The U.S. dollar rose on Wednesday as strong economic data decreased the chances the Federal Reserve would continue its rate-cutting cycle in 2020.
The dollar index rose 0.16% to 97.38.
Industrial production rebounded in the United States in November, mainly because a strike by General Motors Co workers ended. Housing starts and building permits were both reported to have grown more than expected and October JOLTS job openings were better than forecast, suggesting that the U.S. labor market remains strong.
Expectations the Fed will cut rates from the current 150-175 basis point level are 2.2% for the January meeting, 4.3% for March and 12% for April, according to CME Group's FedWatch tool. The same tool shows a 50% chance that rates will remain at current levels through December 2020.
"Bottom line: the U.S. economy remains on solid footing even as the rest of the world struggles," wrote analysts at Brown Brothers Harriman.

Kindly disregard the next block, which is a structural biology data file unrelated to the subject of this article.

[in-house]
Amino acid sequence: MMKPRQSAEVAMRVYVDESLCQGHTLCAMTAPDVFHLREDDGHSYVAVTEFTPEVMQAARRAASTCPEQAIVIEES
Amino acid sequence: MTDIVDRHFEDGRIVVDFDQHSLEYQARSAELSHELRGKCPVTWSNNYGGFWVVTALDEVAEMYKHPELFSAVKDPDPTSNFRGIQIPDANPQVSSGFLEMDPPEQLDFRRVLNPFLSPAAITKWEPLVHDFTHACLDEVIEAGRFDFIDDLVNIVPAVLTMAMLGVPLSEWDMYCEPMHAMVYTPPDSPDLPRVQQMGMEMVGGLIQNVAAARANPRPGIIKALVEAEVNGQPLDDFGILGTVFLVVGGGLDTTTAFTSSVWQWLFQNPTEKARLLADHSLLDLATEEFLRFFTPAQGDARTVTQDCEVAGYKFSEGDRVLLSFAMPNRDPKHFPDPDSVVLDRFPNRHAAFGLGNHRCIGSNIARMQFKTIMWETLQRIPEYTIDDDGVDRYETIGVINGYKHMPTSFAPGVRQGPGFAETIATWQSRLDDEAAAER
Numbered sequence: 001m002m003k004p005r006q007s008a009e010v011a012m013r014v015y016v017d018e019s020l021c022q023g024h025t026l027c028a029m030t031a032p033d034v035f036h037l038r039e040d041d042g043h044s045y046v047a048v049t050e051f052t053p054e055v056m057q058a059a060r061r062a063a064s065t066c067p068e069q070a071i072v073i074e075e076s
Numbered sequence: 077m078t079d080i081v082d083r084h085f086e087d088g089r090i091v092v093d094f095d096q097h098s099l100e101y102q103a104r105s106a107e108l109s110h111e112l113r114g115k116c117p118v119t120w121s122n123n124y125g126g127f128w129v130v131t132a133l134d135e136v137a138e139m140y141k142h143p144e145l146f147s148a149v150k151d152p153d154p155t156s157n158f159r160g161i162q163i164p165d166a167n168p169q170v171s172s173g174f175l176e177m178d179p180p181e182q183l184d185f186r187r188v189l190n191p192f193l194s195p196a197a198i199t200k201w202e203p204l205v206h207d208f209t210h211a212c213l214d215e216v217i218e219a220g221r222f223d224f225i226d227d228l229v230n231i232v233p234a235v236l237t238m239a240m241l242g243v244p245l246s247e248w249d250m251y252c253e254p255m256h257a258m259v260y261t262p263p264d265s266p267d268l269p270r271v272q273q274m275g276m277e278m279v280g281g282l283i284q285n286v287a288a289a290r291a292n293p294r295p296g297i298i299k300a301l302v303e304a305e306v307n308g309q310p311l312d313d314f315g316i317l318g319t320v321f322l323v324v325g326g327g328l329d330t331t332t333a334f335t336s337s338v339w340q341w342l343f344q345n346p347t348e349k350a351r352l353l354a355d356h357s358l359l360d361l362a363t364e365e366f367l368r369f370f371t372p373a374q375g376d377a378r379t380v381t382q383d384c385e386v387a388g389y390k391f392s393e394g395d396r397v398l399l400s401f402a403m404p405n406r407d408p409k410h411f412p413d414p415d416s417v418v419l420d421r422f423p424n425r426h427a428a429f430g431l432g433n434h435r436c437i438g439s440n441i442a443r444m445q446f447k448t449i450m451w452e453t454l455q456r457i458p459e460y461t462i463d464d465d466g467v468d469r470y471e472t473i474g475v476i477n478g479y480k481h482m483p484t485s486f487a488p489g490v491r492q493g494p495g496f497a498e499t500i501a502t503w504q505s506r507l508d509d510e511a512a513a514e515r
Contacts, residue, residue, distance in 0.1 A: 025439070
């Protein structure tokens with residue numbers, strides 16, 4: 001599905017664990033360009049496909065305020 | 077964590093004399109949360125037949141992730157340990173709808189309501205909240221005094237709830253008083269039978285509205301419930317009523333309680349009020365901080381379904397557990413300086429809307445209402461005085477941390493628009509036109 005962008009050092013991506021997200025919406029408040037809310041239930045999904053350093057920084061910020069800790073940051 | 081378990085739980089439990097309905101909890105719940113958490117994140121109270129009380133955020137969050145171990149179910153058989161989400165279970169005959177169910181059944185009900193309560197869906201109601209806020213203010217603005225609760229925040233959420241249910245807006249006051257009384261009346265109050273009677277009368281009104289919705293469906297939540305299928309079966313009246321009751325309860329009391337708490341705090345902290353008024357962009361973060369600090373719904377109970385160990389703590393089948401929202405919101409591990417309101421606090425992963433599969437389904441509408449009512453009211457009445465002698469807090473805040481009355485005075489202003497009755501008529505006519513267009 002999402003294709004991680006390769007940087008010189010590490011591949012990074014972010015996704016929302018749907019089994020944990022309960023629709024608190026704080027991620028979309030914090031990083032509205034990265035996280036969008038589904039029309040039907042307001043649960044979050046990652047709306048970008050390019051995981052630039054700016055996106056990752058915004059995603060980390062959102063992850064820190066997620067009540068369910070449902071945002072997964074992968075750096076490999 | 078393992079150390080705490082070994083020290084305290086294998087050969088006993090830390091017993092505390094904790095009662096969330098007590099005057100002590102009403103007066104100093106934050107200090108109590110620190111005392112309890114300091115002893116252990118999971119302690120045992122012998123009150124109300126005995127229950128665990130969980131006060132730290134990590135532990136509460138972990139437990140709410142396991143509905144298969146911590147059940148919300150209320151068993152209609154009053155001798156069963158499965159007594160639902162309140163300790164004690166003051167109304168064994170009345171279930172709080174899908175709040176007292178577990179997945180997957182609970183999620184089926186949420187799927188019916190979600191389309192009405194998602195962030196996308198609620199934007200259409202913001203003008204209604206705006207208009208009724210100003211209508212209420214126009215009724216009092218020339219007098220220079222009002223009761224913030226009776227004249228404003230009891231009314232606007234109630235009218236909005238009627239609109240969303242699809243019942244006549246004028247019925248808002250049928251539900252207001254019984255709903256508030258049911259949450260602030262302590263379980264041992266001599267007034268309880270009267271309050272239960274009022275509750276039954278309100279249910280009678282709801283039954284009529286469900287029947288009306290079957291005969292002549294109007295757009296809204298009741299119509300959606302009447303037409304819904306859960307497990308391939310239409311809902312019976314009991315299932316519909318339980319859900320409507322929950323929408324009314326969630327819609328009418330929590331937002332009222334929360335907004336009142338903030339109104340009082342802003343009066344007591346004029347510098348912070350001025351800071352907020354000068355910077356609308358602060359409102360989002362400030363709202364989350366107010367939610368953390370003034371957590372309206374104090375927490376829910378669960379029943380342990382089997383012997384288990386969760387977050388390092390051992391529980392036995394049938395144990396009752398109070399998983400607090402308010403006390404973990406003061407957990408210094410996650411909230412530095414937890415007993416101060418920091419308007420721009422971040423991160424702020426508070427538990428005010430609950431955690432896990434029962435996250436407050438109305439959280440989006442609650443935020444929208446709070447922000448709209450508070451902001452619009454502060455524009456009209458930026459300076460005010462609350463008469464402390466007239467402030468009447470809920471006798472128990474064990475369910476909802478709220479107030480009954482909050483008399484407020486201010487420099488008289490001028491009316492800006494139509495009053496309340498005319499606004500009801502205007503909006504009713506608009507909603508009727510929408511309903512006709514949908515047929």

The dollar rose against the euro by 0.23% to $1.112. The single currency has struggled to stay above its 200-day moving average of $1.115. The dollar was also 0.39% higher against the pound to $1.308, which has lost all its election gains on fears Britain could leave the European Union without a trade deal.
The dollar index "is up two days in a row for the first time since the last week of November, and has recouped over a third of its December swoon. Sterling is testing the Dec. 12 low near $1.3050 and a break below would set up a test of the November 22 low near $1.2825," the Brown Brothers Harriman analysts wrote.
German business morale rose more than expected in December, a survey showed on Wednesday, another sign that a manufacturing slump in Europe's largest economy may be bottoming out after overall output shrank earlier in the year. The data, however, failed to help the falling euro.
U.S. Trade Representative Robert Lighthizer said the United States may raise tariffs on European goods as it tries to shrink its chronic trade deficit with the continent, re-igniting worries about the export-driven euro.
The normally sleepy Hong Kong dollar hit a five-month high, roused into its sharpest rally in a year by investment flows from China, cooling unrest and a global unwinding of long positions in the greenback. It remained slightly off its July high of 7.7822; it will hit a 2-1/2 year high if it breaks below that level.